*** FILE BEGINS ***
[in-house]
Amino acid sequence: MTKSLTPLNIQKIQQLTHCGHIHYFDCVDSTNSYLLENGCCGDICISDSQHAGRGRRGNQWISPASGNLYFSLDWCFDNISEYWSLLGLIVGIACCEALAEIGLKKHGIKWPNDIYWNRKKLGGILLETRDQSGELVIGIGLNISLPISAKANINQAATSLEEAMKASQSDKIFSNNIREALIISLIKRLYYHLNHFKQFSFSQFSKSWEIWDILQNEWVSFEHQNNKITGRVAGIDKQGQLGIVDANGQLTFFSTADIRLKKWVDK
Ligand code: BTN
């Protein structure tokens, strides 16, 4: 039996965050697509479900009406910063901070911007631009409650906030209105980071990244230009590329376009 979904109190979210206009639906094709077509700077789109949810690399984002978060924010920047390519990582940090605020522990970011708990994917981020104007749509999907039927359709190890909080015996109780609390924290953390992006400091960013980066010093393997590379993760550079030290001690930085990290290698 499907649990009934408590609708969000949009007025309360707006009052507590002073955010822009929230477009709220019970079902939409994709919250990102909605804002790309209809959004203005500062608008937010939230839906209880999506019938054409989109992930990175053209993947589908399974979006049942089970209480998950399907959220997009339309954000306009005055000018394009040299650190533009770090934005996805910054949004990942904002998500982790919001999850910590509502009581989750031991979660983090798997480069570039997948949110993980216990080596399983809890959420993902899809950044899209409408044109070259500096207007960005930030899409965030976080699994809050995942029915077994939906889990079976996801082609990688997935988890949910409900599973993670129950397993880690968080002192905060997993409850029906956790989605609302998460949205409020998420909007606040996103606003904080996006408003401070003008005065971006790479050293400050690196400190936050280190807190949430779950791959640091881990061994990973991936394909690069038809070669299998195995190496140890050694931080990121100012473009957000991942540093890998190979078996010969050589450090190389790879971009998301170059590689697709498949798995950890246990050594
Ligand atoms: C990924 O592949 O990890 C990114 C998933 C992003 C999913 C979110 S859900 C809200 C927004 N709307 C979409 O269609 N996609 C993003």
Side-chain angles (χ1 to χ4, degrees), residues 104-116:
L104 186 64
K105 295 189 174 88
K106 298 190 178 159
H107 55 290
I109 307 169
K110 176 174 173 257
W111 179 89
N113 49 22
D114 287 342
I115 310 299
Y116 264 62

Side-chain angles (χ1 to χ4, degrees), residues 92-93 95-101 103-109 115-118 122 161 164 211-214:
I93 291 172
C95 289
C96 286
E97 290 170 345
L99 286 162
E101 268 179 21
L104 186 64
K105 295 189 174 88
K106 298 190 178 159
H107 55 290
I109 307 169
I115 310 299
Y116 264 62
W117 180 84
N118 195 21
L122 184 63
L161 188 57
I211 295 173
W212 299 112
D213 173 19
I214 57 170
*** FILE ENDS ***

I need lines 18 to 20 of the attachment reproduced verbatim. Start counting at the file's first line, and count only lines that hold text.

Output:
Side-chain angles (χ1 to χ4, degrees), residues 92-93 95-101 103-109 115-118 122 161 164 211-214:
I93 291 172
C95 289